Driving in Mexico
If you want to drive in Mexico, you should consider bringing your own car, or purchasing one specifically for Mexico. As long as you keep your registration up to date, you can insure it in Mexico, and legally drive it under a temporary vehicle import permit. If you are concerned about having to insure the vehicle in two countries, don’t be. You can register your vehicle as non-operational, or file an affidavit of nonoperation, and purchase Mexican insurance. Mexican insurance is MUCH CHEAPER anyway. Your registration will be cheaper and your insurance will be cut in half.
See this article for the differences in driving in Mexico vs. the United States and Canada.
Post Election Fear is Sending Americans to Mexico: Finance and Insurance
Just like in most countries, you need to have some types of insurance to live comfortably (and legally) in Mexico. If you’re driving a car, you need to have care insurance so you can pay for any damages you may be responsible for. Just like in the US, this can be liability coverage at a minimum. It is required, and you’ll have to show it for your immigration documents and import permit. Fortunately for you – you’re at the right place. Depending on the type of vehicle or insurance you want check the homepage of this website.
Health insurance is also a good thing to have if you’re going to move to Mexico. Health care can be fairly expensive in Mexico, but a good comprehensive health insurance plan can save you a lot of money on any medical treatment you get during your stay. You can open a bank account in Mexico – but there really is no point in doing that. As long as your US bank has ATM’s and you have a direct deposit coming into your U.S. bank account, it’s no big deal. Just consider it a long vacation.
Working as an Expat in Mexico
Things get a little dicey when it comes to working in Mexico because there are a lot of legal issues involved. Of course, you can work for cash but this is illegal. As a tourist representing the United States make sure you follow all the laws. Your employer will take care of all the paperwork that’s needed for you to legally work in the country, so it’s best to find a job before you plan on making your move or making sure you can work as a remote worker in Mexico for a US company or for yourself! You’ll need to pay income taxes in both countries but your dollar will go so much further down south that you won’t mind at all… You can also work remotely in Mexico for a U.S. employer, but you’ll need to speak notify the immigration office. Your employer also needs to know of your plans. Some U.S. companies don’t allow it, or will try to transfer you to an office down there. Here is an article for expatriates in Mexico.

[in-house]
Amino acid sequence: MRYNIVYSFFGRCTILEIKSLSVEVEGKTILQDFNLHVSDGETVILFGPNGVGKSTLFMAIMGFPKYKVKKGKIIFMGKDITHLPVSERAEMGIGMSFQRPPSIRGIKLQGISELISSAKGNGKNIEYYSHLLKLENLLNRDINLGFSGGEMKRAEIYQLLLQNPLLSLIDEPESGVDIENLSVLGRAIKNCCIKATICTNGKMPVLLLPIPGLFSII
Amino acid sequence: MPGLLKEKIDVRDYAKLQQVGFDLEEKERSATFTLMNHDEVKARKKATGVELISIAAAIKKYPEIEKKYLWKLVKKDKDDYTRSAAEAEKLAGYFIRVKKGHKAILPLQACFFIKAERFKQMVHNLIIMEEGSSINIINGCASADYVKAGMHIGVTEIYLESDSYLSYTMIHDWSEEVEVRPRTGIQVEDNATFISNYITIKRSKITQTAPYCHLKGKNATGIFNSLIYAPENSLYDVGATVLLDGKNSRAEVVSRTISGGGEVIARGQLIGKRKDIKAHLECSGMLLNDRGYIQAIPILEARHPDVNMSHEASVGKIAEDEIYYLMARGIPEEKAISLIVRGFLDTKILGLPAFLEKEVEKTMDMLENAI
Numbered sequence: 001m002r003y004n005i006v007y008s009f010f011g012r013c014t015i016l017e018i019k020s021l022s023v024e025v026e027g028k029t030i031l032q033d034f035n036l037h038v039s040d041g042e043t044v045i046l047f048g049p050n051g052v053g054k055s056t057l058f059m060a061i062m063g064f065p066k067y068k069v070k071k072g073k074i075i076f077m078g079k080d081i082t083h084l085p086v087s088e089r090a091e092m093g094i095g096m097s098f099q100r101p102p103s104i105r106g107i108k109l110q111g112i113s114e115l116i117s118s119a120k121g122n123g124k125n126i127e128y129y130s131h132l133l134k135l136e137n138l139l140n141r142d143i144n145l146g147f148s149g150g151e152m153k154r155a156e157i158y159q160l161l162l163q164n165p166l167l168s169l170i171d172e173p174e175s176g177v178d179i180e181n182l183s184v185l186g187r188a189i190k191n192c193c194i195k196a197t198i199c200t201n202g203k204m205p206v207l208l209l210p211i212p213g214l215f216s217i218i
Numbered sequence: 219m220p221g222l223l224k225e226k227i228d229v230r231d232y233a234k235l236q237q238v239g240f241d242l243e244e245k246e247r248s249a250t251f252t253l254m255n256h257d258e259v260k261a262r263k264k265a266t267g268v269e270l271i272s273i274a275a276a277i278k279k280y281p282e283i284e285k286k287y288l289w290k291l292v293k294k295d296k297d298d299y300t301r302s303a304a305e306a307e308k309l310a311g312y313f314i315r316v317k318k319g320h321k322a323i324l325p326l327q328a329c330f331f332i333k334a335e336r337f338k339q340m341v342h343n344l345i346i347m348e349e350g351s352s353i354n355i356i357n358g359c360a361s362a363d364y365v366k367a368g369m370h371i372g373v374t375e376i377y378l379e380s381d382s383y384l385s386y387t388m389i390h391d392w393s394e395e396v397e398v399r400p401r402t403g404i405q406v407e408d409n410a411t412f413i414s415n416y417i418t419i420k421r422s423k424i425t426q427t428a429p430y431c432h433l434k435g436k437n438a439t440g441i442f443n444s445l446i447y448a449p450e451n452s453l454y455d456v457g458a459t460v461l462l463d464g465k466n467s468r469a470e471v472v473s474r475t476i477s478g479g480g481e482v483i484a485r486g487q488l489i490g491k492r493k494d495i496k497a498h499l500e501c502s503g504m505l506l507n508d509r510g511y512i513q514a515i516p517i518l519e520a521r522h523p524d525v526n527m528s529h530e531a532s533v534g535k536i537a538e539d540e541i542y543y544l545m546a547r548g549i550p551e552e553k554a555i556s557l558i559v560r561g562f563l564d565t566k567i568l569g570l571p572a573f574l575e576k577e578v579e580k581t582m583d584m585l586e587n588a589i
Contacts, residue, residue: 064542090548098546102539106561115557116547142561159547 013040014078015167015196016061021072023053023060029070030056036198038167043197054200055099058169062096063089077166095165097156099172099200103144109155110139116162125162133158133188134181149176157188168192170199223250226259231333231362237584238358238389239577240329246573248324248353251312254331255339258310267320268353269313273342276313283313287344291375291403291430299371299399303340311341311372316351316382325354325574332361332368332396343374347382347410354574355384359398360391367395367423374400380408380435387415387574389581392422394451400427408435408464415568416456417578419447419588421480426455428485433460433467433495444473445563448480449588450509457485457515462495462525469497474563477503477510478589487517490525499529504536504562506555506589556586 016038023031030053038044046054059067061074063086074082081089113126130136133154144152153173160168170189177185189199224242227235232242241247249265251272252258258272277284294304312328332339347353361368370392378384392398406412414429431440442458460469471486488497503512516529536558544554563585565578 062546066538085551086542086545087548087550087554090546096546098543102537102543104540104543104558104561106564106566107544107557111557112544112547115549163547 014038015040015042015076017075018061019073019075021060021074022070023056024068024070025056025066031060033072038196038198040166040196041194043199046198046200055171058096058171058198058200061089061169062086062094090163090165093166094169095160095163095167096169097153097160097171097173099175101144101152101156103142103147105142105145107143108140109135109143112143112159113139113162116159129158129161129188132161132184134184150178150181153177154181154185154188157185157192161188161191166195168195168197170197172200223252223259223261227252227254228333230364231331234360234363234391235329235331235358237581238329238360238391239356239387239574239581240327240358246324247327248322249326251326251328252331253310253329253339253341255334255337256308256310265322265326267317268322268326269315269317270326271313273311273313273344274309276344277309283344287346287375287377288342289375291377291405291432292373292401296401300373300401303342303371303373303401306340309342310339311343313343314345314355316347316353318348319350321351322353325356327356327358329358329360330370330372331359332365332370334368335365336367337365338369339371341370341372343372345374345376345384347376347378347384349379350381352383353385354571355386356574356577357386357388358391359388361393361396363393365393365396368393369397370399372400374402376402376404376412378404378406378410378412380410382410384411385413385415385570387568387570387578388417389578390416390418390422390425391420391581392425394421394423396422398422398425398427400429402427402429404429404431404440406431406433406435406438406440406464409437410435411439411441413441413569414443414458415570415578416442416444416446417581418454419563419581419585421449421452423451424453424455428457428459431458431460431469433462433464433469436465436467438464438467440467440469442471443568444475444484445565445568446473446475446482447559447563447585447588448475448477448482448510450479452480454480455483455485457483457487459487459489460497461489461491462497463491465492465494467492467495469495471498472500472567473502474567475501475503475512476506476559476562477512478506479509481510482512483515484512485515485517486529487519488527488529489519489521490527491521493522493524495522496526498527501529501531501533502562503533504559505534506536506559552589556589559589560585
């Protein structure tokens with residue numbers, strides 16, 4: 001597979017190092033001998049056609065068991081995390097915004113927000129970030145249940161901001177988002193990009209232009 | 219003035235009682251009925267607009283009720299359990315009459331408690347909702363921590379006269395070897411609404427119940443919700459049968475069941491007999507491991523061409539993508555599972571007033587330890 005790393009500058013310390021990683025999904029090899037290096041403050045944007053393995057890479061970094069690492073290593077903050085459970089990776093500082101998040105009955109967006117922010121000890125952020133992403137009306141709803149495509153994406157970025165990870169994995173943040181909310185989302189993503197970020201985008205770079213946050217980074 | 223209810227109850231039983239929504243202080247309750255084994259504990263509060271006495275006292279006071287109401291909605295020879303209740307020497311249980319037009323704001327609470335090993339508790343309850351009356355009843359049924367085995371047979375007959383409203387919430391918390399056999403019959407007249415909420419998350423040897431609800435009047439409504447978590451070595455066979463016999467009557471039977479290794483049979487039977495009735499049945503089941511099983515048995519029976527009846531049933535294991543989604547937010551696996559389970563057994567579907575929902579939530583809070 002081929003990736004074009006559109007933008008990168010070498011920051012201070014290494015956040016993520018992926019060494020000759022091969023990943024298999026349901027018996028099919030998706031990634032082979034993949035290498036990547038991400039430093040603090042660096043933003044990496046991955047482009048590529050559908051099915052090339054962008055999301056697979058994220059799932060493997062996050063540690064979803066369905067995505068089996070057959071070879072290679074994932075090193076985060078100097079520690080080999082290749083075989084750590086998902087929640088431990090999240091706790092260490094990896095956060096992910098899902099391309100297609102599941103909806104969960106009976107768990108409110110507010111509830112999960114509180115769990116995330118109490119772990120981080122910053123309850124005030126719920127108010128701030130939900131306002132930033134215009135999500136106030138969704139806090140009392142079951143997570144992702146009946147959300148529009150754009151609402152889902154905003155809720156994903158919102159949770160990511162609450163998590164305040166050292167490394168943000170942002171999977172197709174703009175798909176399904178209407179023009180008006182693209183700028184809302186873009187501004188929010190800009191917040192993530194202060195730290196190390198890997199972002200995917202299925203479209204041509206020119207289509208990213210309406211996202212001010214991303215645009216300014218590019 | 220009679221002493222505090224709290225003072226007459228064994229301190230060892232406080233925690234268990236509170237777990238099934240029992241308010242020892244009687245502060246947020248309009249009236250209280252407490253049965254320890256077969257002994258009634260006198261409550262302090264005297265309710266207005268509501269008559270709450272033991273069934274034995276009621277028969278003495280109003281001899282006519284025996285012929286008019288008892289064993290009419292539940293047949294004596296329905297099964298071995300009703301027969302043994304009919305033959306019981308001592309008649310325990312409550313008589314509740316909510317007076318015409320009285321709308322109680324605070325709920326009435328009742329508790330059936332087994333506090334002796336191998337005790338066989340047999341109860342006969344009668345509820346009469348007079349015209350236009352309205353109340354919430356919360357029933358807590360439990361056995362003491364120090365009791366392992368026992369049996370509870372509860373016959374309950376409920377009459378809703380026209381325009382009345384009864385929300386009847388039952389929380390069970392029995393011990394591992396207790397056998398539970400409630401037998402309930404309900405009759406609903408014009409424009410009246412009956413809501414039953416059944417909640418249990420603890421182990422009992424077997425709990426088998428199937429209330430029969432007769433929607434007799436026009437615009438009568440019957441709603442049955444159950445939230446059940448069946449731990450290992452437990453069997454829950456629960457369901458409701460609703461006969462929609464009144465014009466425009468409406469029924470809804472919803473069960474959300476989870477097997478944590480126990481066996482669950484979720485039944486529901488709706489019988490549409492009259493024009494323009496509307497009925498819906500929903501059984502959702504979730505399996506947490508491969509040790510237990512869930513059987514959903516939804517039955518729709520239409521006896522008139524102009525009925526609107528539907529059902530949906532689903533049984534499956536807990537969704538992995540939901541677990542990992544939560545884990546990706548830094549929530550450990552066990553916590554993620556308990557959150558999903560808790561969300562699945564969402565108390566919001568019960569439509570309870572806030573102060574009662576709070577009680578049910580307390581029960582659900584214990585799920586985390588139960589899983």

Retiring in Mexico
Just like the United States, Mexico has retirement and pension plans to help you save up money and retire. If you’re not interested in that and are simply wanting to stay in Mexico after retirement, you’ll need to make sure you have permanent resident status. The good news is, there’s no shortage of beautiful retirement destinations throughout Mexico. Your pension will go a lot further in Mexico than it will in the USA.
Just remember, you can only bring guns for hunting! Read this article and think twice before attempting to cross the border with guns.
Let’s face it, this election is a tough one for a lot of people. If you’re thinking about moving to Mexico now that Joe Biden is the president, this guide should help you get everything planned out before you go.